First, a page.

The Congressional Budget Office is projecting that the Social Security Trust Fund for seniors will be depleted in 2031, three years earlier than the fund’s trustees had projected in May and one year earlier than the CBO had projected last year.
After funds are depleted, benefits will continue because they are also financed by payroll taxes, but they will decline unless changes are implemented to build up the trust fund’s reserves.
The CBO is also projecting that Medicare’s Hospital Insurance Trust Fund will be depleted in 2024, two years earlier than the fund’s trustees and the CBO had projected earlier this year, and that the Social Security Disability Insurance trust fund will be depleted in 2026.
Over the 10 years ended in 2030, the CBO is projecting a cumulative deficit for these trust funds plus the Highway Trust Fund of $2.3 trillion, 6% larger than the $2.2 trillion it had estimated in January.
If President Donald Trump is re-elected and ends payroll deductions for Social Security and Medicare, as he has threatened to do, both programs would not just reduce their benefits but also end them unless some other source of funding were implemented.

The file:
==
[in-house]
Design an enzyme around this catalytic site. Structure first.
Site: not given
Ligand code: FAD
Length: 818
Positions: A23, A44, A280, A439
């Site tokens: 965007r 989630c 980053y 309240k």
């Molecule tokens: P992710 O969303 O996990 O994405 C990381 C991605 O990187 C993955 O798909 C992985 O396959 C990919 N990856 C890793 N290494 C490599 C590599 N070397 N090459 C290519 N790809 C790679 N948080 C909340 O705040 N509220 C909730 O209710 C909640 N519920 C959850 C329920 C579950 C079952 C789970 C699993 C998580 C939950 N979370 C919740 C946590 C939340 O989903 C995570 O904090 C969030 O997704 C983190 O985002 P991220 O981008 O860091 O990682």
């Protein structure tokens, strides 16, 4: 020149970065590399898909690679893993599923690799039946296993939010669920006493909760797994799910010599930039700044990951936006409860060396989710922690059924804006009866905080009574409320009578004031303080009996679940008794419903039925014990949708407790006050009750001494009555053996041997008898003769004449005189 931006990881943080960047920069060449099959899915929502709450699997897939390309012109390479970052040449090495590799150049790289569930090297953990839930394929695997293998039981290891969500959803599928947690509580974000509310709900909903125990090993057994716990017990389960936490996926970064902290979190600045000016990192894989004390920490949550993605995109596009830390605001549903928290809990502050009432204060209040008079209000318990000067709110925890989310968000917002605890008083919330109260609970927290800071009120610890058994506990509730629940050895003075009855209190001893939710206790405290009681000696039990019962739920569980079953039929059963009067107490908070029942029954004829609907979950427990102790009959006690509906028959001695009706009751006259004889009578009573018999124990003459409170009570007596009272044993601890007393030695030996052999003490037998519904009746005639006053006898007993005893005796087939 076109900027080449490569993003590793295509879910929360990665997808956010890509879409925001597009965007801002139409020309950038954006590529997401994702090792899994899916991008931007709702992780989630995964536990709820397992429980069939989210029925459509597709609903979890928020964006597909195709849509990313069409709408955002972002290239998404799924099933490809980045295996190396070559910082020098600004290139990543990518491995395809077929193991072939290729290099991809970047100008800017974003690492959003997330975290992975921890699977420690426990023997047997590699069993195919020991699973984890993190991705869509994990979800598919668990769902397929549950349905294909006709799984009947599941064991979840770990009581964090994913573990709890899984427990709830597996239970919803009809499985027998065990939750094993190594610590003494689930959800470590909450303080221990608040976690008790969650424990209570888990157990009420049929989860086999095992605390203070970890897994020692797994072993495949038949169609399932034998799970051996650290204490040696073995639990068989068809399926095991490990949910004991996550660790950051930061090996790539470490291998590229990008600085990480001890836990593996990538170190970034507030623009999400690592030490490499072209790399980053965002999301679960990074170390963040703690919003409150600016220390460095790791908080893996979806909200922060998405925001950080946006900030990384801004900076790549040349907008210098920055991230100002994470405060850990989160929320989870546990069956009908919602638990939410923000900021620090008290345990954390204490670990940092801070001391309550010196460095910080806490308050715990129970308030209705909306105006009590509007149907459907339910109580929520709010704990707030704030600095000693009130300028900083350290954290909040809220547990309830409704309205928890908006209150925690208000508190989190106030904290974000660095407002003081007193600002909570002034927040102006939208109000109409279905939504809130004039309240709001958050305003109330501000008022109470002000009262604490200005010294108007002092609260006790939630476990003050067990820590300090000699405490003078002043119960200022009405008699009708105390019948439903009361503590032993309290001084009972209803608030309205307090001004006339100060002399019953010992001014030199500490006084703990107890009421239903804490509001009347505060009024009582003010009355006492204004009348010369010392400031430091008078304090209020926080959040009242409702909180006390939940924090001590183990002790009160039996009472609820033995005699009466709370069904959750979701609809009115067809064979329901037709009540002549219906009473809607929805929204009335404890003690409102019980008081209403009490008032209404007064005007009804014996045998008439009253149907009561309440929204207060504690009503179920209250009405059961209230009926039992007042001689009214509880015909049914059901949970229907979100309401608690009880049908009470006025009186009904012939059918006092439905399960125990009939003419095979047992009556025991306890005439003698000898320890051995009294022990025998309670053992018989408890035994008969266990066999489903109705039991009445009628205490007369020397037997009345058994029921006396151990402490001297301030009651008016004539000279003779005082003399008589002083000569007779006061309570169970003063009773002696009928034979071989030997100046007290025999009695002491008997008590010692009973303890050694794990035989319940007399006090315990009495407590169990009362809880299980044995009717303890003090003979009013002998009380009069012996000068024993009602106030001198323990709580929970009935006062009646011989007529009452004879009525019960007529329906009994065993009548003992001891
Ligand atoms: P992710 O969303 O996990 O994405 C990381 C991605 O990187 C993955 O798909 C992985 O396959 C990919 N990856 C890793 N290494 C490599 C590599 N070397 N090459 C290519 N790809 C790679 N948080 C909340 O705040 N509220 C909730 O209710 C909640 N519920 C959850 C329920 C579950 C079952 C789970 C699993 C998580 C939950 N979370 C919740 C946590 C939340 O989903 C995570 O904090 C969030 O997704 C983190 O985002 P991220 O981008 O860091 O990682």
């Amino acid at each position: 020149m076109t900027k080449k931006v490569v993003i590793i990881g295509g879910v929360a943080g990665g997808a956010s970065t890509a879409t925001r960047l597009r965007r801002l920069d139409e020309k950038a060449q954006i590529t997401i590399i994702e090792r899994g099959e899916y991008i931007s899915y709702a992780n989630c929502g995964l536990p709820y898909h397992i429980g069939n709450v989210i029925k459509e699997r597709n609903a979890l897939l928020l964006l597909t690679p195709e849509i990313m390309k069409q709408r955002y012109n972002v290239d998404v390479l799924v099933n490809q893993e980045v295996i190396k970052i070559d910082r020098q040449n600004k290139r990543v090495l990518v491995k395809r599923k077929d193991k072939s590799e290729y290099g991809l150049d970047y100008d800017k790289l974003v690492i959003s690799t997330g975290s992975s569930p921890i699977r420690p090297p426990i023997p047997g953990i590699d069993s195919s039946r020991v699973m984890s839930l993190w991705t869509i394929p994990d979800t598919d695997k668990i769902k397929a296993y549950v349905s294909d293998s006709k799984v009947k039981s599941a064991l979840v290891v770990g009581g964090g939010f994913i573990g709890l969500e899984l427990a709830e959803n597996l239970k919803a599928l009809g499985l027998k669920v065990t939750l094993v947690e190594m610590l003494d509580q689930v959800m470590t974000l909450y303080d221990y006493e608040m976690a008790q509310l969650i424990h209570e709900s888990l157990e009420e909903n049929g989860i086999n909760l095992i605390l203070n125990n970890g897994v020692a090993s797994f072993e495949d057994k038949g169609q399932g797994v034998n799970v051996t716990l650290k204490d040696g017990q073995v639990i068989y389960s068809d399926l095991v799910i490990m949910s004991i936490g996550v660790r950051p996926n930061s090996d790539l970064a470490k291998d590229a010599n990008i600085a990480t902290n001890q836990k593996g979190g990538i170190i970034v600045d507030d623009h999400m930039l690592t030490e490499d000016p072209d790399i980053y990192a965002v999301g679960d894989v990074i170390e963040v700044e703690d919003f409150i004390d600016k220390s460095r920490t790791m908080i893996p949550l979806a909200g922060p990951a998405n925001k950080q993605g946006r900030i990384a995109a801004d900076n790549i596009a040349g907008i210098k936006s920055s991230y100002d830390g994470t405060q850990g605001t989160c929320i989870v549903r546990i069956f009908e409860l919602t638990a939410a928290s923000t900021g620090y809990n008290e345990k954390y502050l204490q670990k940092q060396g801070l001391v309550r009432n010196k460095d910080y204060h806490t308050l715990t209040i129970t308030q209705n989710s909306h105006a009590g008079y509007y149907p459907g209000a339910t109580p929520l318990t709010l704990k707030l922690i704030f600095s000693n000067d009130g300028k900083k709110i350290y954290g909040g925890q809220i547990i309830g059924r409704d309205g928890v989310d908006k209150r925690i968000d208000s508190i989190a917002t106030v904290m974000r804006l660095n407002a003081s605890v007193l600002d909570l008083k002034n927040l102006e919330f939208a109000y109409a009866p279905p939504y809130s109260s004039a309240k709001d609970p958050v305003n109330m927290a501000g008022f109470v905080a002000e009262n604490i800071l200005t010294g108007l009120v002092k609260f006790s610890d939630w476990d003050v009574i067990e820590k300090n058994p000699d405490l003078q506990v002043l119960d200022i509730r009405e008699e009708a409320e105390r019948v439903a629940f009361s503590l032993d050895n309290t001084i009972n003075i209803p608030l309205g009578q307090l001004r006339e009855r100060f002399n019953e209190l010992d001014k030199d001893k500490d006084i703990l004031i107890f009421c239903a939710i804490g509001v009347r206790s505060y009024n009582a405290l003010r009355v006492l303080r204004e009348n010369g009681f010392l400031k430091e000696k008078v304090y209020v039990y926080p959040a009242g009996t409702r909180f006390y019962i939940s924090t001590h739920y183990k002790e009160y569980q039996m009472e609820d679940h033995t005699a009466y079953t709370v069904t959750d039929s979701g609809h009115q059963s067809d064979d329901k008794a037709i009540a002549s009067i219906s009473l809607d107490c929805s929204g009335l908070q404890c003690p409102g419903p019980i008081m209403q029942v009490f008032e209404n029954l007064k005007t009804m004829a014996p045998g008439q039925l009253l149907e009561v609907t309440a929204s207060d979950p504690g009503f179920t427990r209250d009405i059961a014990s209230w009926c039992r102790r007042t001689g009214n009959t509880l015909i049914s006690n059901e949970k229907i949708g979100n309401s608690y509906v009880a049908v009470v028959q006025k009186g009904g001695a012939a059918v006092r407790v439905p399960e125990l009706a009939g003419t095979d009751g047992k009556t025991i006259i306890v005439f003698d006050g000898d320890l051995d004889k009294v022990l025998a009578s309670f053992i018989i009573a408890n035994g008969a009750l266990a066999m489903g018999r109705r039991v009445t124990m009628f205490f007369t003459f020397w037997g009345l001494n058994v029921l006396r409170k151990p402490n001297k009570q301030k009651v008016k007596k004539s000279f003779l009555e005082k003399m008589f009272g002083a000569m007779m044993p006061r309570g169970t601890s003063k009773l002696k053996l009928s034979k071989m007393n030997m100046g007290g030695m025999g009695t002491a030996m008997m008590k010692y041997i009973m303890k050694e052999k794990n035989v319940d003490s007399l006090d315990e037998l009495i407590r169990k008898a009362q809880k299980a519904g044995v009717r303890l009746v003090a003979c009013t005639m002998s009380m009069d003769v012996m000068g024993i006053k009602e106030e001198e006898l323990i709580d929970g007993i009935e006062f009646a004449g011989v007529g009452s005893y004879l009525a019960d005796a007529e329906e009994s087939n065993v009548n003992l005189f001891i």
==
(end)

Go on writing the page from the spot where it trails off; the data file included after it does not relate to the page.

Debt vs. GDP
In a second report released Wednesday, the CBO projects that for the first time since 1946 total federal debt in 2020 will almost equal the nation’s total economic output. In 2021, the debt burden is expected to exceed the annual GDP level.
The CBO projects that debt held by the public will reach $21.9 trillion in the fiscal year ending September 2021, will be equivalent to 104.4% of gross domestic product, up from 98.2% in this fiscal year, which ends on Sept. 30. By the end of 2030, the U.S. debt is estimated to increase to $33.5 trillion, equivalent to 109% of GDP.